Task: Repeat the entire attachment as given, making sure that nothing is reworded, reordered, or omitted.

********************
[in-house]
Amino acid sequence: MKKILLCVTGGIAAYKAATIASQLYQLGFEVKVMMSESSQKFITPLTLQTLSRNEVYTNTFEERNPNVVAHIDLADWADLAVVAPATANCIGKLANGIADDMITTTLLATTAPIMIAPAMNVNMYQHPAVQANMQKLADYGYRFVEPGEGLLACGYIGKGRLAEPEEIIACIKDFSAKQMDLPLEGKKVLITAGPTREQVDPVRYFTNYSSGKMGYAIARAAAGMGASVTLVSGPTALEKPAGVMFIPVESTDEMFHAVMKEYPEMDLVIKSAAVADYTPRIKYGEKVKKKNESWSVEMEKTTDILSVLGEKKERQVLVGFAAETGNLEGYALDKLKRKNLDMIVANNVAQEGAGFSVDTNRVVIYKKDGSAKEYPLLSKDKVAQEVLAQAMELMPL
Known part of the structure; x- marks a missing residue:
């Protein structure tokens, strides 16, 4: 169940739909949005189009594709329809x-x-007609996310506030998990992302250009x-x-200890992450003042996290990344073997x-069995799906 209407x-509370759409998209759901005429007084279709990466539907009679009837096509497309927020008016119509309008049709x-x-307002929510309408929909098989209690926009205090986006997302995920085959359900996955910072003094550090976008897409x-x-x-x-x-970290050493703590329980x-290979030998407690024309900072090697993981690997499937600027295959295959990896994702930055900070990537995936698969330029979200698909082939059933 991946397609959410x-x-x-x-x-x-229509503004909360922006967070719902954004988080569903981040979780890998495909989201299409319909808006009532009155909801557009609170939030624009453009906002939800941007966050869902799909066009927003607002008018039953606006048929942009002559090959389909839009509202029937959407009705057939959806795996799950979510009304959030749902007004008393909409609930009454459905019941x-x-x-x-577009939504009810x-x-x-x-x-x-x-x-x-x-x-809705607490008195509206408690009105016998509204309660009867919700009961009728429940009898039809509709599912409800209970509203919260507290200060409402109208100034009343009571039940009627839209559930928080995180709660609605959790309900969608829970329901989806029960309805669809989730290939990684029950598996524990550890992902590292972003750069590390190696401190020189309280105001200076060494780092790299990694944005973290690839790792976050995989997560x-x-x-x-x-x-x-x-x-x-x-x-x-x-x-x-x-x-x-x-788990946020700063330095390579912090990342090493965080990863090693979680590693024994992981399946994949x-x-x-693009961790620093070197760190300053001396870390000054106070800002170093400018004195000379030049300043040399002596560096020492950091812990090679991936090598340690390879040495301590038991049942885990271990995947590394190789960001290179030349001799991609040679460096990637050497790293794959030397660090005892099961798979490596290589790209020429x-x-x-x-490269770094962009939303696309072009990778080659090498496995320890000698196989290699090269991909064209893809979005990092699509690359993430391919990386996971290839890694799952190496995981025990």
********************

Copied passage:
[in-house]
Amino acid sequence: MKKILLCVTGGIAAYKAATIASQLYQLGFEVKVMMSESSQKFITPLTLQTLSRNEVYTNTFEERNPNVVAHIDLADWADLAVVAPATANCIGKLANGIADDMITTTLLATTAPIMIAPAMNVNMYQHPAVQANMQKLADYGYRFVEPGEGLLACGYIGKGRLAEPEEIIACIKDFSAKQMDLPLEGKKVLITAGPTREQVDPVRYFTNYSSGKMGYAIARAAAGMGASVTLVSGPTALEKPAGVMFIPVESTDEMFHAVMKEYPEMDLVIKSAAVADYTPRIKYGEKVKKKNESWSVEMEKTTDILSVLGEKKERQVLVGFAAETGNLEGYALDKLKRKNLDMIVANNVAQEGAGFSVDTNRVVIYKKDGSAKEYPLLSKDKVAQEVLAQAMELMPL
Known part of the structure; x- marks a missing residue:
């Protein structure tokens, strides 16, 4: 169940739909949005189009594709329809x-x-007609996310506030998990992302250009x-x-200890992450003042996290990344073997x-069995799906 209407x-509370759409998209759901005429007084279709990466539907009679009837096509497309927020008016119509309008049709x-x-307002929510309408929909098989209690926009205090986006997302995920085959359900996955910072003094550090976008897409x-x-x-x-x-970290050493703590329980x-290979030998407690024309900072090697993981690997499937600027295959295959990896994702930055900070990537995936698969330029979200698909082939059933 991946397609959410x-x-x-x-x-x-229509503004909360922006967070719902954004988080569903981040979780890998495909989201299409319909808006009532009155909801557009609170939030624009453009906002939800941007966050869902799909066009927003607002008018039953606006048929942009002559090959389909839009509202029937959407009705057939959806795996799950979510009304959030749902007004008393909409609930009454459905019941x-x-x-x-577009939504009810x-x-x-x-x-x-x-x-x-x-x-809705607490008195509206408690009105016998509204309660009867919700009961009728429940009898039809509709599912409800209970509203919260507290200060409402109208100034009343009571039940009627839209559930928080995180709660609605959790309900969608829970329901989806029960309805669809989730290939990684029950598996524990550890992902590292972003750069590390190696401190020189309280105001200076060494780092790299990694944005973290690839790792976050995989997560x-x-x-x-x-x-x-x-x-x-x-x-x-x-x-x-x-x-x-x-788990946020700063330095390579912090990342090493965080990863090693979680590693024994992981399946994949x-x-x-693009961790620093070197760190300053001396870390000054106070800002170093400018004195000379030049300043040399002596560096020492950091812990090679991936090598340690390879040495301590038991049942885990271990995947590394190789960001290179030349001799991609040679460096990637050497790293794959030397660090005892099961798979490596290589790209020429x-x-x-x-490269770094962009939303696309072009990778080659090498496995320890000698196989290699090269991909064209893809979005990092699509690359993430391919990386996971290839890694799952190496995981025990």